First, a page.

It's Green Dot Week

By Rachel Barnett

Green Dots are choices we make, behaviors we exhibit, and attitudes we project to demonstrate our commitment to promoting a safe and secure community for everyone. What Green Dot actions you take can depend on your comfort level or personal preference for a given situation. For example, if you hear a heated argument going down in your residence hall, you may directly intervene by checking in to make sure those in the argument are okay and not in any threat or danger. You may also interrupt the argument by asking a random question to distract those in conflict from their dispute to diffuse the situation.  If you do not feel comfortable getting in the middle of it, you can also delegate action to someone else by alerting the RA on duty. The key concept is that no one has to do everything, but everyone has to do something. By choosing to intervene by either direct action, distraction, or delegation, you are doing your part to reduce the likelihood that the issue will escalate and someone will be harmed. Check out this list of Green Dots you can do to participate in Green Dot Week.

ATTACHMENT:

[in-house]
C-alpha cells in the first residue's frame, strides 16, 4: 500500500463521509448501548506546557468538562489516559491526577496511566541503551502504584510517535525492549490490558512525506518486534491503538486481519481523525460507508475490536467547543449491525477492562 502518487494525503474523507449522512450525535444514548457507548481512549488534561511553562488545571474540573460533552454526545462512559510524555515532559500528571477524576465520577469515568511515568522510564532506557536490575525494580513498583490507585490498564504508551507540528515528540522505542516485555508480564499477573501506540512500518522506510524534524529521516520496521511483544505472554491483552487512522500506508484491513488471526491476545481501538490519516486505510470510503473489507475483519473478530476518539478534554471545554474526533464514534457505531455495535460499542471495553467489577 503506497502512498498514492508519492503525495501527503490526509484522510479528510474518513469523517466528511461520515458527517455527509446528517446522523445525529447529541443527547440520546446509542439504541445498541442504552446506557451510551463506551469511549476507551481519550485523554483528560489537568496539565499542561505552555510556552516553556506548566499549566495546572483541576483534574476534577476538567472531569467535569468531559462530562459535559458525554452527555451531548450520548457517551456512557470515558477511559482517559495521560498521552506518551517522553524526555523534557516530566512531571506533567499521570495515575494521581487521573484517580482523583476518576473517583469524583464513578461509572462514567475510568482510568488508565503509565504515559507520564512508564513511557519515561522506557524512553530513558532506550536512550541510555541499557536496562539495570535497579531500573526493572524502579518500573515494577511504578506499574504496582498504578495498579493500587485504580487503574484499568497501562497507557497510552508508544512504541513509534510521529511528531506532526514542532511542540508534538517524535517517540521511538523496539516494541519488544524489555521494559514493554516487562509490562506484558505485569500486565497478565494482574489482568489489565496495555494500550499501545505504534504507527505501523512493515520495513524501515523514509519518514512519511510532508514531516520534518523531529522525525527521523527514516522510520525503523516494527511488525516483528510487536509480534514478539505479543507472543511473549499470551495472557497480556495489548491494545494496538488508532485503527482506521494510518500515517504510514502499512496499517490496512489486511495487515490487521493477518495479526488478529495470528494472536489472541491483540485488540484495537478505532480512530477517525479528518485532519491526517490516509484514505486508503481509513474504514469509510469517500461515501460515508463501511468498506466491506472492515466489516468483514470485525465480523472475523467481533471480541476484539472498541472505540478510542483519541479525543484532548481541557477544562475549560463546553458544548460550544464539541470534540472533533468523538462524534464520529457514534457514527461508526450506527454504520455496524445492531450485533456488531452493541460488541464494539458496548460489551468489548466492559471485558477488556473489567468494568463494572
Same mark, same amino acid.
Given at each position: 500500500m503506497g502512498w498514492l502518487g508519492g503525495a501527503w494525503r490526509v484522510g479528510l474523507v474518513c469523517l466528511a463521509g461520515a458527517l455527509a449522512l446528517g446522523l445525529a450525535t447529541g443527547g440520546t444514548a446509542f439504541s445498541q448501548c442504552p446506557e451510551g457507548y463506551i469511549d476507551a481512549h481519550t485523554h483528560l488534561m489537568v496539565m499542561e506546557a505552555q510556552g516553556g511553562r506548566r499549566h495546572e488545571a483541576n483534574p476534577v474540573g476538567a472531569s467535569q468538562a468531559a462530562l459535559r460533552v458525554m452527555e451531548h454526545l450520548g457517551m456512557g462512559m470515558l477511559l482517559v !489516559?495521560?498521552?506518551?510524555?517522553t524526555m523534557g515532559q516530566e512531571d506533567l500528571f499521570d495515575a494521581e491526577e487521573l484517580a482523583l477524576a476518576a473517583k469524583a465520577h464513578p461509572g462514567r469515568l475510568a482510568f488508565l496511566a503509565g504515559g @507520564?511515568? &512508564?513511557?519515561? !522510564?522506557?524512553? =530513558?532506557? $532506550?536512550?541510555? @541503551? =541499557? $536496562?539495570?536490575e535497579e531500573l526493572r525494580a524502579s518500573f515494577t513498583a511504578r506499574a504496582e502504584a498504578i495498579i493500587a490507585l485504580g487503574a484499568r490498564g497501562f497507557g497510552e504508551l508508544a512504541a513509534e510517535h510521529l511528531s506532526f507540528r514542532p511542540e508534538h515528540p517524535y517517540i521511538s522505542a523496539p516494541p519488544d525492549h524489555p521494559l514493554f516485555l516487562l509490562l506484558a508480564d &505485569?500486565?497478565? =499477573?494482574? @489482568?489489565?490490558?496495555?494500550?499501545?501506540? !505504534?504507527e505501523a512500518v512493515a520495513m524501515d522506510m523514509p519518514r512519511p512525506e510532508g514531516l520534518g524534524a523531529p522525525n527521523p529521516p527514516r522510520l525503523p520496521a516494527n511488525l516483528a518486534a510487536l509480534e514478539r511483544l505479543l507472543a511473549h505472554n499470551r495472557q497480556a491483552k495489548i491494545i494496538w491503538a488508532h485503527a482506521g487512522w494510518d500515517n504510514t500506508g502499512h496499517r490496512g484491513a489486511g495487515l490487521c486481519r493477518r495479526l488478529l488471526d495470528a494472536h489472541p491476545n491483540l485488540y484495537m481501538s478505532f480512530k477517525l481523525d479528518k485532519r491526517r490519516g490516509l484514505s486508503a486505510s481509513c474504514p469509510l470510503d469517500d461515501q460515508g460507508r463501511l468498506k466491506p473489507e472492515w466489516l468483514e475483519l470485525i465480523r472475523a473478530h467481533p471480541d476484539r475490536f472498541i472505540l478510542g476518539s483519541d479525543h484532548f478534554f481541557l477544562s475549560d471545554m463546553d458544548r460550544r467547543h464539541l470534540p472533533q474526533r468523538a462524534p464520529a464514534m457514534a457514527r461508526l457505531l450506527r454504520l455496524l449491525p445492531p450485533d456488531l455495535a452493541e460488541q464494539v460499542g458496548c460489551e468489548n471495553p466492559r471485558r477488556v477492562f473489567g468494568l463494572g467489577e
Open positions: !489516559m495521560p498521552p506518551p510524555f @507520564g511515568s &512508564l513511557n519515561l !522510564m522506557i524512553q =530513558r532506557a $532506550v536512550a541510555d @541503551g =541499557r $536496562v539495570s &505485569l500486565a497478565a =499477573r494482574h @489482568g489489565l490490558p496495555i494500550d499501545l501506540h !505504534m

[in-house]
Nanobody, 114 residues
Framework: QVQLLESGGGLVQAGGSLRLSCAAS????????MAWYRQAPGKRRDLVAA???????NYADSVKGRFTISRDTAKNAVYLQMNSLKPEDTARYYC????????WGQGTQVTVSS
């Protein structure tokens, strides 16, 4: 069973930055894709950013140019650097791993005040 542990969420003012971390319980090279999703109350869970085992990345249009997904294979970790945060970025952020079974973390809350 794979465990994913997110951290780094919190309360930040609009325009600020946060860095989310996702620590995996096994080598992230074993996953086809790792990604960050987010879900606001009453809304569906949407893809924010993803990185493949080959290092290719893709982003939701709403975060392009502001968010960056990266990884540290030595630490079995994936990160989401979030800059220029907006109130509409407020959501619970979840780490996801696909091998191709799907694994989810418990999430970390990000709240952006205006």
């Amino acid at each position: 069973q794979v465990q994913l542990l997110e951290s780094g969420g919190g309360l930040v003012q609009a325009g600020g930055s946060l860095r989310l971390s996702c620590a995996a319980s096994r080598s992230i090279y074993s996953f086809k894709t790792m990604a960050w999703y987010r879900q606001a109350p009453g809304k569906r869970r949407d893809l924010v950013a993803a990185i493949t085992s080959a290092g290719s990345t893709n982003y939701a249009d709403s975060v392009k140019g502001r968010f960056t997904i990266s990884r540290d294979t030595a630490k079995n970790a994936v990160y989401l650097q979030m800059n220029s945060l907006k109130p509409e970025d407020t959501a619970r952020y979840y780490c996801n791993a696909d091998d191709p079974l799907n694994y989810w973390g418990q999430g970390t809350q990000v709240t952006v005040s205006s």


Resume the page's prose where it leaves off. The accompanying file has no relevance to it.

Through our actions (and inactions) on campus, we demonstrate to those around us what we are willing to accept and what is intolerable for our campus community. If you want to learn more about Green Dots, consider participating in Green Dot training. Through the training, you will practice performing Green Dot actions as you engage in a variety of activities that help you gauge your preferred style when it comes to dealing with difficult situations. You will also learn about the importance of bystander intervention as you gain both skills and confidence to act when you are most needed. If you have already participated in Green Dot training, consider wearing your Green Dot T-shirt on Wednesday, February 22 to show your support!

Our collective actions define our campus community. Let's demonstrate our commitment to community and take action to promote a safe and secure environment for all who step foot on the University of Dayton grounds.  

- Rachel Barnett, Evening Access Services Specialist

Previous Post

News archive among growing body of Catholic digital resources

A library consortium is digitizing decades of diocesan and organizational publications for worldwide discovery.

Read More
Next Post

A poem for February

Sr. Mary Madeleva Wolff (1887-1964) wrote the poem "Things to Be Loved" and mentions the soft rain in February. The Libraries holds 21 books by Sr. Madeleva.

Read More